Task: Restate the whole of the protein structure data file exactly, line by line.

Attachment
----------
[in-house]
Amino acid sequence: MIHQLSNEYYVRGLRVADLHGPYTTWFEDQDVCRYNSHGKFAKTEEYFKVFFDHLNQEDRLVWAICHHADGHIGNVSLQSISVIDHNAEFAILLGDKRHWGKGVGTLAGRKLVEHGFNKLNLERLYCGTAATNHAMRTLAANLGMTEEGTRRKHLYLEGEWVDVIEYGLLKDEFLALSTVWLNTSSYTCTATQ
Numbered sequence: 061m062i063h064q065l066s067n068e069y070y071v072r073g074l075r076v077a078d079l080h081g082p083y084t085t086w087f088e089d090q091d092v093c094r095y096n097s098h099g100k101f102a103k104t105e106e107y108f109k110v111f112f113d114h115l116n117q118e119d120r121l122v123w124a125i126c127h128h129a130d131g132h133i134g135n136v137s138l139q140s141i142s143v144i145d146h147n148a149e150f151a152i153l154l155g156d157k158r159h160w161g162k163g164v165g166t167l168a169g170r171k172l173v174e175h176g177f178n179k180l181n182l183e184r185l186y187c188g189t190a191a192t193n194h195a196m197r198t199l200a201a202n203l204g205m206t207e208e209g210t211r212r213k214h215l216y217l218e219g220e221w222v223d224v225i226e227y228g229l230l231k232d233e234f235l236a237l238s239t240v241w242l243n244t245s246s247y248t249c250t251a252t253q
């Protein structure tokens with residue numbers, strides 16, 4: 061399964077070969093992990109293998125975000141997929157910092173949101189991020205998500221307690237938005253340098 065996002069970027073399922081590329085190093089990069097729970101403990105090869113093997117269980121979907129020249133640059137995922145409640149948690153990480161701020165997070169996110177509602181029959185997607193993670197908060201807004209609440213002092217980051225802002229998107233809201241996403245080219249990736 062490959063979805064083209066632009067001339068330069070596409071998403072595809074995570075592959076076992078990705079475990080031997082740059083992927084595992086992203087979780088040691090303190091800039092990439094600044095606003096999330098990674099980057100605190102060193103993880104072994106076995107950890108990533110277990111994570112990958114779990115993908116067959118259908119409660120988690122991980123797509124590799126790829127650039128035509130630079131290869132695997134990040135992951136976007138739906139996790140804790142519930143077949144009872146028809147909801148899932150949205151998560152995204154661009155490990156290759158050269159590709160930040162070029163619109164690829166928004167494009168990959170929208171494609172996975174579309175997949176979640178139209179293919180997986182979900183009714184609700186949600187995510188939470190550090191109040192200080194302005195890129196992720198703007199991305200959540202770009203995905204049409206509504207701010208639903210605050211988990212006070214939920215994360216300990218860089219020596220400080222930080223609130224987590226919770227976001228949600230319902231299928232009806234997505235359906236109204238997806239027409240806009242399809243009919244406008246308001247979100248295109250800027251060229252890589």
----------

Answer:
[in-house]
Amino acid sequence: MIHQLSNEYYVRGLRVADLHGPYTTWFEDQDVCRYNSHGKFAKTEEYFKVFFDHLNQEDRLVWAICHHADGHIGNVSLQSISVIDHNAEFAILLGDKRHWGKGVGTLAGRKLVEHGFNKLNLERLYCGTAATNHAMRTLAANLGMTEEGTRRKHLYLEGEWVDVIEYGLLKDEFLALSTVWLNTSSYTCTATQ
Numbered sequence: 061m062i063h064q065l066s067n068e069y070y071v072r073g074l075r076v077a078d079l080h081g082p083y084t085t086w087f088e089d090q091d092v093c094r095y096n097s098h099g100k101f102a103k104t105e106e107y108f109k110v111f112f113d114h115l116n117q118e119d120r121l122v123w124a125i126c127h128h129a130d131g132h133i134g135n136v137s138l139q140s141i142s143v144i145d146h147n148a149e150f151a152i153l154l155g156d157k158r159h160w161g162k163g164v165g166t167l168a169g170r171k172l173v174e175h176g177f178n179k180l181n182l183e184r185l186y187c188g189t190a191a192t193n194h195a196m197r198t199l200a201a202n203l204g205m206t207e208e209g210t211r212r213k214h215l216y217l218e219g220e221w222v223d224v225i226e227y228g229l230l231k232d233e234f235l236a237l238s239t240v241w242l243n244t245s246s247y248t249c250t251a252t253q
């Protein structure tokens with residue numbers, strides 16, 4: 061399964077070969093992990109293998125975000141997929157910092173949101189991020205998500221307690237938005253340098 065996002069970027073399922081590329085190093089990069097729970101403990105090869113093997117269980121979907129020249133640059137995922145409640149948690153990480161701020165997070169996110177509602181029959185997607193993670197908060201807004209609440213002092217980051225802002229998107233809201241996403245080219249990736 062490959063979805064083209066632009067001339068330069070596409071998403072595809074995570075592959076076992078990705079475990080031997082740059083992927084595992086992203087979780088040691090303190091800039092990439094600044095606003096999330098990674099980057100605190102060193103993880104072994106076995107950890108990533110277990111994570112990958114779990115993908116067959118259908119409660120988690122991980123797509124590799126790829127650039128035509130630079131290869132695997134990040135992951136976007138739906139996790140804790142519930143077949144009872146028809147909801148899932150949205151998560152995204154661009155490990156290759158050269159590709160930040162070029163619109164690829166928004167494009168990959170929208171494609172996975174579309175997949176979640178139209179293919180997986182979900183009714184609700186949600187995510188939470190550090191109040192200080194302005195890129196992720198703007199991305200959540202770009203995905204049409206509504207701010208639903210605050211988990212006070214939920215994360216300990218860089219020596220400080222930080223609130224987590226919770227976001228949600230319902231299928232009806234997505235359906236109204238997806239027409240806009242399809243009919244406008246308001247979100248295109250800027251060229252890589």